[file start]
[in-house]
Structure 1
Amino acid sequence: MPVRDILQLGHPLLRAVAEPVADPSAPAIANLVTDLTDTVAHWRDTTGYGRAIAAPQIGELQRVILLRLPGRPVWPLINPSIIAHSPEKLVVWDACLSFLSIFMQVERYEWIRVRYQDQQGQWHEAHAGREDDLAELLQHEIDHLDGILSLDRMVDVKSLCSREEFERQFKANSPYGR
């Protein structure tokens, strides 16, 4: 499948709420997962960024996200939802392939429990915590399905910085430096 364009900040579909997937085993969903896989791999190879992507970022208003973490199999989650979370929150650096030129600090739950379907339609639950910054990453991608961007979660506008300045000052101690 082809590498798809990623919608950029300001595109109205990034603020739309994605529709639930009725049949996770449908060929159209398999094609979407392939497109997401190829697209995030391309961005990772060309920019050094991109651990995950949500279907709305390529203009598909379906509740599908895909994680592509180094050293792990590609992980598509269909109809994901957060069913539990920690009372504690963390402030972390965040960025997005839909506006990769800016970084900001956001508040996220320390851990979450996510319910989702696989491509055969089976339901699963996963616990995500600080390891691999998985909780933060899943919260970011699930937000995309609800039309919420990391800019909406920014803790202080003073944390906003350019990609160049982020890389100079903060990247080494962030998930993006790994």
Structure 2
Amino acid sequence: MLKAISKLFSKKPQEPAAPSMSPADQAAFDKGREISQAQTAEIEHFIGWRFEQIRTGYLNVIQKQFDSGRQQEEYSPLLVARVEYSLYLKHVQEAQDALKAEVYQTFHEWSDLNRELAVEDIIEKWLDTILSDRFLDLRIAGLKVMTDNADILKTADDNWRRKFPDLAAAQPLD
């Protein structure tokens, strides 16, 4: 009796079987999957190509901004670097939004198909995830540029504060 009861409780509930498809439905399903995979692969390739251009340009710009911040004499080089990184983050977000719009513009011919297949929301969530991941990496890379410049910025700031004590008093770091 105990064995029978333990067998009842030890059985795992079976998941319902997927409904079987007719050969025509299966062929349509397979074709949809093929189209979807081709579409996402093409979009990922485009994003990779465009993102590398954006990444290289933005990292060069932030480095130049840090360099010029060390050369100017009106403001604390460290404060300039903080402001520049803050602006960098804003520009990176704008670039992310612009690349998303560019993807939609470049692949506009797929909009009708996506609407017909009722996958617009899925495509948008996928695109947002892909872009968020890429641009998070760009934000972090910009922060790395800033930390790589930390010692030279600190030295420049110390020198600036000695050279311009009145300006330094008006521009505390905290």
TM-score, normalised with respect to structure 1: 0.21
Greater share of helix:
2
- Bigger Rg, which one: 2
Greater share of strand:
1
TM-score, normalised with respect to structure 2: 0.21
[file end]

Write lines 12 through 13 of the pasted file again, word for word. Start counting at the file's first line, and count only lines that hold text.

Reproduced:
Greater share of strand:
1